Earlier this year the UK Government committed to hold the largest review of the UK’s foreign, defence, security and development policy since the end of the Cold War. The Integrated Review was intended to go beyond the parameters of a traditional review by considering the totality of global opportunities and challenges the UK faces.
However, UNA-UK is disappointed to see that this review is not being conducted in the thorough and consultative manner hoped for. The review process is taking place over a very short timeframe before fundamental information about the UK’s post-Brexit arrangements and post-COVID 19 recovery are known; and significant decisions, such as the merger of the DFID and the FCO were taken before the review had concluded.
Most disappointingly of all, there has been very little consultation. Building on our work from 2015, in which we helped generate around 15% of submissions to the Strategic Defence and Security Review, UNA-UK had been making the argument to the government that national security must start with an informed and engaged public and that therefore future reviews should involve a much more comprehensive element to consult the peoples of the United Kingdom, and a timeline that ensures that their views have the opportunity to influence the strategy’s development. Instead, consultation for this Integrated Review has been even more limited than it was in 2015, with a timeframe which gives us even less confidence that the public’s voice will be heard.
But there is still an opportunity for UNA-UK and our supporters to make a valuable contribution to the process. We have identified two ways you can have your say:
- The Government has launched an online portal for members of the public to participate in the Integrated Review. The deadline for submissions is 11 September 2020 and you have to provide submissions in a restrictive format. Nevertheless, these submissions will form part of the review process and UNA-UK and others will be campaigning for the body of public submissions to this portal to play a meaningful role in the review and accountability for this process. To help us with this campaign, please cc email@example.com when you submit your responses. For more information on how to submit visit their website.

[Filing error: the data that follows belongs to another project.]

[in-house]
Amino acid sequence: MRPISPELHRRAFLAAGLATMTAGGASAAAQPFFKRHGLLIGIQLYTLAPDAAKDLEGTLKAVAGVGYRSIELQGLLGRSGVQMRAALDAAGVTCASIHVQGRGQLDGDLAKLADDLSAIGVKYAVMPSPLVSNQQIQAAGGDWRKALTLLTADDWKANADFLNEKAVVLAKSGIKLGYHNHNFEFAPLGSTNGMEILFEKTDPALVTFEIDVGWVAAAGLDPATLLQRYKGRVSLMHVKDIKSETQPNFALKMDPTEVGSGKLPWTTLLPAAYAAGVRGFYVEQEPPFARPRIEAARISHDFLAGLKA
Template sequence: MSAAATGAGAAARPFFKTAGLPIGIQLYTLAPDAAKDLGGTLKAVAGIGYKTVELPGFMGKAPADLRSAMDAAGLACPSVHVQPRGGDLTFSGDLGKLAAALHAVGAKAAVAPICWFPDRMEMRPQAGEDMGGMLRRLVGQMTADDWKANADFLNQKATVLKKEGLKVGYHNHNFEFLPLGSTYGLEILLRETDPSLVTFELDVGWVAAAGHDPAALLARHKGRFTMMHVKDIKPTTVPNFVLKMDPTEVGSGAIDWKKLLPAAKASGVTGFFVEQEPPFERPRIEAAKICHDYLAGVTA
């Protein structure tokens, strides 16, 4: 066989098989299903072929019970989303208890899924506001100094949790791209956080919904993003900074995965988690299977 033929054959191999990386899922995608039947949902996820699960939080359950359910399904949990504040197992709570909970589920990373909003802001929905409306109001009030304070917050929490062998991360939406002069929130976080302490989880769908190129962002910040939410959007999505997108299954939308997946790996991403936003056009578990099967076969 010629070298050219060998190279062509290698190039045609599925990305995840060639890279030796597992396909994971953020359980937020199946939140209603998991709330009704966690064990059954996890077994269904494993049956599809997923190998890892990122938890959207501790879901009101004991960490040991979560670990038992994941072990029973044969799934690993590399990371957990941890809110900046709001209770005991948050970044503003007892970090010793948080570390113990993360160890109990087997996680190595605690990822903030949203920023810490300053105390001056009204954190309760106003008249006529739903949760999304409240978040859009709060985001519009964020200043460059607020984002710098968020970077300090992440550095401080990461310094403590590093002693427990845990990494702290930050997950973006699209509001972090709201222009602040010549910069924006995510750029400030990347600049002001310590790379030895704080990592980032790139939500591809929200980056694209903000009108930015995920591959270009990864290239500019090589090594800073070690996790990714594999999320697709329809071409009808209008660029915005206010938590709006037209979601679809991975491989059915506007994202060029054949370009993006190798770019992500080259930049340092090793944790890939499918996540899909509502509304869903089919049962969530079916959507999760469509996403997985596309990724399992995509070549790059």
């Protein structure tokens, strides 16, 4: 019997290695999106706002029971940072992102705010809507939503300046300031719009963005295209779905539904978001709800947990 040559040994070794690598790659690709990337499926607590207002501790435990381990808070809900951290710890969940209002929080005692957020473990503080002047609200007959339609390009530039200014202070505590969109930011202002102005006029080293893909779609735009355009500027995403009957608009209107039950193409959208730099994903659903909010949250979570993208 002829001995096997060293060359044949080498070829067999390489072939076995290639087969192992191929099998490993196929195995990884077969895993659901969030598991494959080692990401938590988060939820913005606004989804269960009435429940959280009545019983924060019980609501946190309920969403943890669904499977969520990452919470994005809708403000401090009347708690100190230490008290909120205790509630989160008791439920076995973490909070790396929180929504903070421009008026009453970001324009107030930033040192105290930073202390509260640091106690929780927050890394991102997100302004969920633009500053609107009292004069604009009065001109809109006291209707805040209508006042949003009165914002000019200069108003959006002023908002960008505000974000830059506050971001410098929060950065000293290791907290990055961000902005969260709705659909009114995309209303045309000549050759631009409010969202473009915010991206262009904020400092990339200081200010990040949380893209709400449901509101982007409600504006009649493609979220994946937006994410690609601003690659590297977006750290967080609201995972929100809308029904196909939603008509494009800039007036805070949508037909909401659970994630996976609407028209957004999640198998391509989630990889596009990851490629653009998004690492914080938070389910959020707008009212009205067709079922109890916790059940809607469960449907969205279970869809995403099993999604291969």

- The National Strategy for the Next Generations programme (NSxNG) of the School of International Futures has created an excellent survey about the future of UK foreign policy. The deadline for submissions is: 10/09/2020 and you can complete the survey here. This short survey asks people for their vision for the UK's global role in a generation’s time; views on how the world in 2045 may look; and how national strategy might be made differently. It is an exciting and innovative approach, and while it does not form part of the Government’s consultation process the results will be fed in to the government.
UNA-UK will be feeding in our ideas into two key areas:
- Process: making the case for the involvement of the public in national security and scrutinising the quality of the process. It is vital that there be thorough and meaningful public input in designing the strategy over the coming years. In Feburary we set out key elements of a credible security review.
- Substance: making the case for the UK utilise our international system as the best form of security and influence available in our multipolar and increasingly interconnected world. We believe the UK should articulate a clear agenda for strengthening and reforming the system and should therefore invest in areas such as combatting climate change, peacekeeping, atrocity prevention, and arms control. Additionally, we wish to see the UK invert its thinking on nuclear issues: challenging the UK articulate a non-nuclear security strategy which would enable it to deliver on its NPT commitment to disarm and proceed on the planning presumption that the UK will not renew its nuclear deterrent.
Whether you agree with us or not, please do have your say yourself and share these surveys with friends and colleagues. It is important the government hears from the people, so please do get involved and share your views on the future of the UK and how national strategy can be done differently.
Photo: British Army Soldier Wearing United Nations Badge c. Crown Copyright/Defence Images Flickr